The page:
- as for security questions, I usually put password-like answers which are also store in my password safebox (keepassx) but once, I found it was not recognized: not sure if there was some string encoding which changed or whatever (special characters stripped or not recognized?) but had a hard time to reset my password through customer service because of that. => that's the time when you think, a regular check of reset process would be appropriated like too many things which are in best effort mode.

I also enabled more and more 2FA but strangely, it seems to stay uncommon in north america at least in consumer space.
In Canada, there is no 2FA used for bank transfer or online payments compare to Europe (at least France) where it's almost all the time.
See but still a bit too US-centric and doesn't say what is enforced / default / most used option. I would supposed it's clearly not the most used for now.
And if NAS manufacturer like synology can use Google Authenticator, why the hell banks, retails and other couldn't...
I really like using my Yubikey, far more secure than Google authenticator app on a phone that could be easily compromised. and support two factor authentication using Yubikeys and its really easy to support them in your own network too.

I'm not affiliated with Yubico, just a happy user of their product.
The other big conclusion? It'd be nice if more sites
implemented two factor authentication - that way a password
breach wouldn't be such an emergency or such big news.

I'm not sure that this ends up being a good idea, since many people reuse passwords for multiple sites.

If a 2FA site gets their password database stolen, the site owners may decide to postpone or even refrain from asking users to change their password. After all, the "other factor" mitigates the risks while admitting a breach is (commercially) embarrassing and may involve a lot of help desk work.
Most of the good password managing apps (e.g. LastPass) have an option to ignore the autocomplete/autofill = off attribute, thank goodness. I've noticed that the sites that try to use this the most tend to be the ones that have the most complex password requirements and require passwords to be changed frequently (e.g. Ridiculousness.
I find that the password field mouse paste function is disabled on Bank of America and MS VSLC. My tentative conclusion is that it is a Silverlight thing, although I have not sufficient motivation to find out for certain. The (sort of) good news is that while cursor/graphical paste is disabled on those sites, <Ctrl><V> works fine... Seriously. As for password storage and generation, I use PasswordSafe on a Defender F200 fingerprint secured USB drive. The cloud is the last place to which I will consign my passwords.
100% agree. Passwords have been my #1 pet-peeve/complaint with the Internet since I started using AOL dial-up in the 90's. Fast forward 20 years and we are still in the same boat: it's very difficult to manage passwords. Yes, I've tried solutions like LastPass but ended up ditching them since they only integrate nicely with web browsers and not local applications like iTunes, Spreadsheet passwords, etc. So since these various password management services don't have the universal integration with local applications, I just use KeePass since it's effective and free.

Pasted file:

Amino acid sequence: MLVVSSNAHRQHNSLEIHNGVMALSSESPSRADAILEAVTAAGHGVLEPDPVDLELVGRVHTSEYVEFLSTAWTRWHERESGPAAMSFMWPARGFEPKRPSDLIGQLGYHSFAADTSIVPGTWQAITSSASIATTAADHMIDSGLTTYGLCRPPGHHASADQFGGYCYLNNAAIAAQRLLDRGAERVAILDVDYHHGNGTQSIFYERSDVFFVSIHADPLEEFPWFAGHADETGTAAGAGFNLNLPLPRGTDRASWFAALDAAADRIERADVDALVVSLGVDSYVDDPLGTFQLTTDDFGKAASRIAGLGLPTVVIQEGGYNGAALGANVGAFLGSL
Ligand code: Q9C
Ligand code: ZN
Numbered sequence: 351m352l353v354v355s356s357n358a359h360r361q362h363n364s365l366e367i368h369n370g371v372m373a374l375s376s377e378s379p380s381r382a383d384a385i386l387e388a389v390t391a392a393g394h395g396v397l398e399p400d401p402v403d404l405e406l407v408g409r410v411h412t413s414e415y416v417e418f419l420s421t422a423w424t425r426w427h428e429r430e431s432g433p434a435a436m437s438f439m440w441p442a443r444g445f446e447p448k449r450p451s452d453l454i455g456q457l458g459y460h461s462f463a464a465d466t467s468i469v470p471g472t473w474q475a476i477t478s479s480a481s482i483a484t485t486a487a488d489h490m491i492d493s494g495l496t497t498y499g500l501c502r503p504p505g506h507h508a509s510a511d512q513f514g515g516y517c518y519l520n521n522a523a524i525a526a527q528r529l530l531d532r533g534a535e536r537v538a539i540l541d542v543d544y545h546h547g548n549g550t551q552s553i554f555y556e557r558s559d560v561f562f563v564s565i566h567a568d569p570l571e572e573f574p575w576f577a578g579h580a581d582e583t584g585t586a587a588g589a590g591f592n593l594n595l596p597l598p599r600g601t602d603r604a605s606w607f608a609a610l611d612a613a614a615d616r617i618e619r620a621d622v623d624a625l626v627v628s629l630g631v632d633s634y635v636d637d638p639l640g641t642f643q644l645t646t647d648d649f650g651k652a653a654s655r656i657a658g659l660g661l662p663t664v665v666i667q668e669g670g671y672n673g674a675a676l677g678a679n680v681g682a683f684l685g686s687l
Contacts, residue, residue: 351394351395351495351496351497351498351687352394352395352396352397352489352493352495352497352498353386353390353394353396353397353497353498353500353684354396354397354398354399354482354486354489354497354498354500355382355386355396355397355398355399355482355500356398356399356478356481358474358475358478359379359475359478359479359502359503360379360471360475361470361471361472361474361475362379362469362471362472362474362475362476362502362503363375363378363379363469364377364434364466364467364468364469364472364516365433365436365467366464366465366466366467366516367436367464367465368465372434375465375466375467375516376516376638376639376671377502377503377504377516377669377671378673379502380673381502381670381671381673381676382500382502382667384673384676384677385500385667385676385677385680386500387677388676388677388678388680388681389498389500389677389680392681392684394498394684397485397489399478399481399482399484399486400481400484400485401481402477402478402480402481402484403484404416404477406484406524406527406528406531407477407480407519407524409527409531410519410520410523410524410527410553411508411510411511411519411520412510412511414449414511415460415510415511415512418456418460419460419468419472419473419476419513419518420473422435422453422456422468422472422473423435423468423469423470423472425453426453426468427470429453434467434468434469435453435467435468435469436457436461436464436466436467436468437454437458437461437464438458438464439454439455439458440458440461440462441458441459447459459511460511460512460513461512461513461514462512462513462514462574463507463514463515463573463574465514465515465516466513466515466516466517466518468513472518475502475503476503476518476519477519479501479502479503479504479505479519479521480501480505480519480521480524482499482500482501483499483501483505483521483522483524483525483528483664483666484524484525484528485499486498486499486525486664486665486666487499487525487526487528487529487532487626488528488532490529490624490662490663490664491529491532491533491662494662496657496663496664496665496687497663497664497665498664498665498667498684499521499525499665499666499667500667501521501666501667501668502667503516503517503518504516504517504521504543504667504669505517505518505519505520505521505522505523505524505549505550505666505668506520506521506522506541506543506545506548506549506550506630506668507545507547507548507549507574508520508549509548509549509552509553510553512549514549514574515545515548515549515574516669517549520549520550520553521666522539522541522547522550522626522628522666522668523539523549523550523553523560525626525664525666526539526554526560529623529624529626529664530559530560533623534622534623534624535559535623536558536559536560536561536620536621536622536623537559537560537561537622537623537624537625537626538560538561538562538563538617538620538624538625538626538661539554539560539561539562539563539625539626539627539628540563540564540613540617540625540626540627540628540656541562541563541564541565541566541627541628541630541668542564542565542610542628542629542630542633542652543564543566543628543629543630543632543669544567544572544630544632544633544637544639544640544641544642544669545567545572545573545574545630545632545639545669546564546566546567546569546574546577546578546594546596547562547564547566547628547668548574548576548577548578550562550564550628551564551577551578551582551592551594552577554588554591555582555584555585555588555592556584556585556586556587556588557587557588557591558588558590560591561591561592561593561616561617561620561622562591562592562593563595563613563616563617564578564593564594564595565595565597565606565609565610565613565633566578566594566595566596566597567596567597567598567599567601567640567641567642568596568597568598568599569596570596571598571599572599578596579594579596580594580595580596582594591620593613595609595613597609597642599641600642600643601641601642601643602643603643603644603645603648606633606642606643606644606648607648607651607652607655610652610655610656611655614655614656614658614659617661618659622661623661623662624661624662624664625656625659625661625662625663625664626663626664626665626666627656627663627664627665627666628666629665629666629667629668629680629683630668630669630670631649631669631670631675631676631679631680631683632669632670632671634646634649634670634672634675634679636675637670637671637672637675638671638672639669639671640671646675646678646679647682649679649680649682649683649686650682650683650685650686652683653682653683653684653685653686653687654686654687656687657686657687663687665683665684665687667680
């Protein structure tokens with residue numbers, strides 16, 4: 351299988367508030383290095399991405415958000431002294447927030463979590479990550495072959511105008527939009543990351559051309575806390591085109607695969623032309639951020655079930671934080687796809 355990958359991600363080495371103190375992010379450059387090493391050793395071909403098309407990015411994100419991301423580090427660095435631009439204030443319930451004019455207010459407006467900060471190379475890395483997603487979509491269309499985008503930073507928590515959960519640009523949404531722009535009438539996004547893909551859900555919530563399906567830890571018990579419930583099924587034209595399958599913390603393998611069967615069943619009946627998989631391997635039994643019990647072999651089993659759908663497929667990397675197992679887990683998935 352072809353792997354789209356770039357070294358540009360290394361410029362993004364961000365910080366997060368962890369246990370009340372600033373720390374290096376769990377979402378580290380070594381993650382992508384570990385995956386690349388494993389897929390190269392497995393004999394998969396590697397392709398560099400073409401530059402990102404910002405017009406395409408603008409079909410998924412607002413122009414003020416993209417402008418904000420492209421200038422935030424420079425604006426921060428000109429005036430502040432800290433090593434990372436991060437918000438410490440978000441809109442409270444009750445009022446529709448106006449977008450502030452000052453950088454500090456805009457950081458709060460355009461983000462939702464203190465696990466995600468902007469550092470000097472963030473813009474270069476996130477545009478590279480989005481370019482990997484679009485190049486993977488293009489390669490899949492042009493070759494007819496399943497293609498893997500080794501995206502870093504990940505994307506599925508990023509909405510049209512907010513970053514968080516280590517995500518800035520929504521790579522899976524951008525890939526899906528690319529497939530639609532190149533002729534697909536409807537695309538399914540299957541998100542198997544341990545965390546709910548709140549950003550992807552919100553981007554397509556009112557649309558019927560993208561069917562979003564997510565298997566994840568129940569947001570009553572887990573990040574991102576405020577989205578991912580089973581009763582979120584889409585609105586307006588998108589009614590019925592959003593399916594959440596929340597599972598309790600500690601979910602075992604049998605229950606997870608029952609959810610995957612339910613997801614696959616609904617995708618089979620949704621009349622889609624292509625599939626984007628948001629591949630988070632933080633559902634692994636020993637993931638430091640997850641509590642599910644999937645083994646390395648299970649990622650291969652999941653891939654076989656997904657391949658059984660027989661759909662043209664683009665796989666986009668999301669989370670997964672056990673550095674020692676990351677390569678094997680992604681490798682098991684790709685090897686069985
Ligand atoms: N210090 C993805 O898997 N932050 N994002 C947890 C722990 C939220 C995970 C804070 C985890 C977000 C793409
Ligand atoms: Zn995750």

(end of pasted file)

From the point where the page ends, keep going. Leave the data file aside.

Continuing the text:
To add to the issue, different sites have different password requirements. Some sites require this-and-that while others still don't allow special characters (like Fidelity) since they claim that allowing special characters in passwords makes them more vulnerable to SQL injection. So then you are stuck with not only trying to have different passwords for every site, but dealing with different password requirements as well. It's absolutely ridiculous.

I don't usually like regulation. But I think we are at a point where the government needs to step in and enforce a universal password compliance standard... so we can at least move beyond the different password requirements with every site. Because right now when it comes to passwords, it's truly the wild west out there... anything and everything goes.
I went through this exercise after the Target breach. Like a good security professional, I thought I would also delete any accounts that have not been used in awhile. You know, analogous to the "close unused ports and remove unused services" routine. It turns out that deleting an account can be very time consuming and/or difficult. Furthermore, if it looks like you have successfully removed an account and you wait a day and then try to log in to verify -- it may cause the account to get reactivated! Ugghh.
Since you are not liable for any false credit card charges, why do you care how many sites have it? That's the bank's problem, not yours. Since we are mentioning peeves :) this is one of mine. Effort any person will spend on security is limited, and I hate to see it wasted on things with little to no impact. Password discipline is very important, yes. But since security effort is a limited resource, it should be limited to sites where the impact is highest. Articles like 'look at all these simple passwords from Gawker' leave me uninterested. Who cares if your Gawker password is compromised, there is no risk. Spending any effort to change or secure it is wasted.